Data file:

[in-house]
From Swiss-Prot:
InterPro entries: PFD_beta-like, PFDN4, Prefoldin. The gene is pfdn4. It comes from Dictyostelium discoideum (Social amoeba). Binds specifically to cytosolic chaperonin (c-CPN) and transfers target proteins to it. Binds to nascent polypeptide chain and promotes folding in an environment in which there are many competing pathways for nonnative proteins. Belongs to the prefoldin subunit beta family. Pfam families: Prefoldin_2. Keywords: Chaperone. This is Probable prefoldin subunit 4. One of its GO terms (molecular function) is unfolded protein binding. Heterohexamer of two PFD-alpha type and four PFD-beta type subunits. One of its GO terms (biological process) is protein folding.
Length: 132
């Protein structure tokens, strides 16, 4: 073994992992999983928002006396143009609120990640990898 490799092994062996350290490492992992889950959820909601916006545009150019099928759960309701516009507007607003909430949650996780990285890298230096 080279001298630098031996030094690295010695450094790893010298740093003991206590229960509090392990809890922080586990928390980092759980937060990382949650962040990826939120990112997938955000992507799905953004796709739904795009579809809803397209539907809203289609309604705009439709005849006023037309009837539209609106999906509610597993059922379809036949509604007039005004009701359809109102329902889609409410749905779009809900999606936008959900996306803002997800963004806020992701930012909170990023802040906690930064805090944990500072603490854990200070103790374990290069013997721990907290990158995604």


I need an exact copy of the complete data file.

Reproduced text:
[in-house]
From Swiss-Prot:
InterPro entries: PFD_beta-like, PFDN4, Prefoldin. The gene is pfdn4. It comes from Dictyostelium discoideum (Social amoeba). Binds specifically to cytosolic chaperonin (c-CPN) and transfers target proteins to it. Binds to nascent polypeptide chain and promotes folding in an environment in which there are many competing pathways for nonnative proteins. Belongs to the prefoldin subunit beta family. Pfam families: Prefoldin_2. Keywords: Chaperone. This is Probable prefoldin subunit 4. One of its GO terms (molecular function) is unfolded protein binding. Heterohexamer of two PFD-alpha type and four PFD-beta type subunits. One of its GO terms (biological process) is protein folding.
Length: 132
């Protein structure tokens, strides 16, 4: 073994992992999983928002006396143009609120990640990898 490799092994062996350290490492992992889950959820909601916006545009150019099928759960309701516009507007607003909430949650996780990285890298230096 080279001298630098031996030094690295010695450094790893010298740093003991206590229960509090392990809890922080586990928390980092759980937060990382949650962040990826939120990112997938955000992507799905953004796709739904795009579809809803397209539907809203289609309604705009439709005849006023037309009837539209609106999906509610597993059922379809036949509604007039005004009701359809109102329902889609409410749905779009809900999606936008959900996306803002997800963004806020992701930012909170990023802040906690930064805090944990500072603490854990200070103790374990290069013997721990907290990158995604």